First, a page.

If a plan, such as a 401(k) plan, provides for salary reductions from employees’ paychecks for contribution to the plan, then the employer must deposit the contributions in a timely manner. Published 1/14/2010 the DOL published a final rule to protect employee contributions deposited to retirement and health plans with fewer than 100 participants by providing a safe harbor period of (7) business days following receipt or withholding by employers.

The law provides a definition of what is timely.  It requires that participant contributions be deposited in the plan as soon as it is reasonably possible to segregate them from the company’s assets, but no later than the 15th business day of the month following the payday. However, it is very important to note, that if employers can reasonably make the deposits sooner, they are required to do so.

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When does an advisor's “added value” become a Plan Sponsor liability?

More and more employers are offering participants help with making informed investment decisions. This may or may not be a fiduciary function, depending on the type of information provided.

Employers may decide to hire an investment adviser to offer investment advice tailored to individual participants. These advisers are fiduciaries and have a responsibility to the plan.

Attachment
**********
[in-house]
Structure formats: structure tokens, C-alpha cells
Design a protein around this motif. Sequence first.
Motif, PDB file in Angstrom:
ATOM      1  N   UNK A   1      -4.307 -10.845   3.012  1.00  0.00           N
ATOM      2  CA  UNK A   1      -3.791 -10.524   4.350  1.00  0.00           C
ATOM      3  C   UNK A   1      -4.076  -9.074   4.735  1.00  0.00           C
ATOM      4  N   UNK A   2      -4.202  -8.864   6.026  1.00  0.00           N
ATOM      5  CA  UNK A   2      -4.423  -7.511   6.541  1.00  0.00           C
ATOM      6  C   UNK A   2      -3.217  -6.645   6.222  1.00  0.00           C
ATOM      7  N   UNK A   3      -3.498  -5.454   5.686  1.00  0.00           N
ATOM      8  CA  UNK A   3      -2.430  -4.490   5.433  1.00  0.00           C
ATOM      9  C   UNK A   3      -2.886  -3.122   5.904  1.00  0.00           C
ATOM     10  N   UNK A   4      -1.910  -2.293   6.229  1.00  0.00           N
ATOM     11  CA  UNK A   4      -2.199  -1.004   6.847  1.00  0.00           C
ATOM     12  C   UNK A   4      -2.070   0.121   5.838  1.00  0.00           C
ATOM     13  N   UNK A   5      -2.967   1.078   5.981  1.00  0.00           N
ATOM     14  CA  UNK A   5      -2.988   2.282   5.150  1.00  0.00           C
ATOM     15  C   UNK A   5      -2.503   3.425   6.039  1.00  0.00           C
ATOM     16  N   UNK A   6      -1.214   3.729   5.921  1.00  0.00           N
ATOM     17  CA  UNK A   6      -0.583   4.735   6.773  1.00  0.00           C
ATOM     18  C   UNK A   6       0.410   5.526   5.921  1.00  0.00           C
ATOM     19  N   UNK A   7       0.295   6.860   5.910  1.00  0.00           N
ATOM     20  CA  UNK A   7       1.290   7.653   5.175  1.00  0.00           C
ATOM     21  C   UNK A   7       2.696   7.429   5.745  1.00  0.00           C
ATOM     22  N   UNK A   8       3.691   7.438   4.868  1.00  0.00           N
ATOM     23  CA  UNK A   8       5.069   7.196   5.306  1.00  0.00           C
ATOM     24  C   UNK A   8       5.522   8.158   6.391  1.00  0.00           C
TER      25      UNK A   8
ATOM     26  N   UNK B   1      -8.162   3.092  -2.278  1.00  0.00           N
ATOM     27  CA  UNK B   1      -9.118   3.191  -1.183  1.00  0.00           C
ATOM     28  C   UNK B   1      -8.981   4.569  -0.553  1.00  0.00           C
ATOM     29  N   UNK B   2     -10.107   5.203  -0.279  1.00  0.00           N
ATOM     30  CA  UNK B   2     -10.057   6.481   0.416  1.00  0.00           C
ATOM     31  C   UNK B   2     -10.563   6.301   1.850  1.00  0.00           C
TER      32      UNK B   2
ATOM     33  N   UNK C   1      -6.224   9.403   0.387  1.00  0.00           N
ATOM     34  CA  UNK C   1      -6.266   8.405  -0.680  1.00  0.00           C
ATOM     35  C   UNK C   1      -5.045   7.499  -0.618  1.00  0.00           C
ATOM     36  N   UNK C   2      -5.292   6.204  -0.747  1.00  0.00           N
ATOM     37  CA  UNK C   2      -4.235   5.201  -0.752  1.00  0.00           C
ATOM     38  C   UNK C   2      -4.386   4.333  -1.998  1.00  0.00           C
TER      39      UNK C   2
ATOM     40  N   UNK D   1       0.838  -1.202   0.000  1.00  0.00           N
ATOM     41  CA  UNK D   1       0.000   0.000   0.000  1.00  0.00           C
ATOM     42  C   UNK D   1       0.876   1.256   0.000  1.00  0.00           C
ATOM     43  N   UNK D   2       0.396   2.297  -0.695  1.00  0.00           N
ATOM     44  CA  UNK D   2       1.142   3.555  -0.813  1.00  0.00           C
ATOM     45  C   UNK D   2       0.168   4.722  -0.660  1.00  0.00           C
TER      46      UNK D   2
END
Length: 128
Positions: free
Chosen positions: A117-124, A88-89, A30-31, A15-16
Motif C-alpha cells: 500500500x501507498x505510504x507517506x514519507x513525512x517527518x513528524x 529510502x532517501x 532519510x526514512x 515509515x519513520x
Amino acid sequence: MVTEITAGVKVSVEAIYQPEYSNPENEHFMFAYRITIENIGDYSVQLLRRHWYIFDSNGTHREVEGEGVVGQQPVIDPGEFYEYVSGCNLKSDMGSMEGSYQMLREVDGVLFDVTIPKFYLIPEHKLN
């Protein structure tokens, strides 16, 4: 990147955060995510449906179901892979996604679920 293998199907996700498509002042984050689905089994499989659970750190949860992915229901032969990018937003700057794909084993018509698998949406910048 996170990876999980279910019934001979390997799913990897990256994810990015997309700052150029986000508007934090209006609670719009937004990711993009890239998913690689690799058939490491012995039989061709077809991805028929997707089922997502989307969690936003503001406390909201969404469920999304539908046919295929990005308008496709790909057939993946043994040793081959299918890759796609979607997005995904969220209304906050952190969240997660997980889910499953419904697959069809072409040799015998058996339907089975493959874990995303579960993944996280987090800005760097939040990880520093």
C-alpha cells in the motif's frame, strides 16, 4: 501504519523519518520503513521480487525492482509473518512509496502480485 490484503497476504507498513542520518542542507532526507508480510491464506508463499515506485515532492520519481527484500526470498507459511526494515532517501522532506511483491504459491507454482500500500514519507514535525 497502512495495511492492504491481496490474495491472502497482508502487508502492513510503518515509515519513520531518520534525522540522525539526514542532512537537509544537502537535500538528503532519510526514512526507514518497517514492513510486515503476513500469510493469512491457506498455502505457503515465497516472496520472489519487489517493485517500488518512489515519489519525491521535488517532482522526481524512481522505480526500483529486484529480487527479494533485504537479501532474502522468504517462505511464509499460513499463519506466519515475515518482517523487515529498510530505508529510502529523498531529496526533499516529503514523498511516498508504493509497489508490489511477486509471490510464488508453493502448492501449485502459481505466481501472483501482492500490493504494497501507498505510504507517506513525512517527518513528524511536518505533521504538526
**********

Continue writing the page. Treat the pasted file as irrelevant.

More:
A word of caution, an advisor not properly contracted to provide investment advice yet meets with participants as an added value, providing investment advice specific to the participant’s 401(k) account, may be acting in a functional fiduciary capacity, unknowingly creating responsibilities and risks for the plan sponsor.

However, if an employer or service provider provides financial and investment education that is general in nature, it is not acting as a fiduciary.  This may include interactive investment materials or information based on asset allocation models. But a word of caution, any services, materials or interactive technology relating to non-plan related topics, paid directly or indirectly out of plan assets could be problematic i.e. personal finance videos, information or education.

The decision to select an investment advisor or service provider offering investment education is a fiduciary act and must be carried out in the same manner as hiring any other plan service provider.

What help is available for employers who make mistakes in operating a plan?

The Department of Labor’s Voluntary Fiduciary Correction Program (VFCP) encourages employers to comply with ERISA by voluntarily self-correcting certain violations. The program covers 19 transactions, including failure to timely remit participant contributions and some prohibited transactions with parties-in-interest. The program includes a description of how to apply, as well as acceptable methods for correcting violations. In addition, the Department gives applicants immediate relief from payment of excise taxes under a class exemption. 

In addition, the Department’s Delinquent Filer Voluntary Compliance Program (DFVCP) assists late or non-filers of the Form 5500 in coming up to date with corrected filings.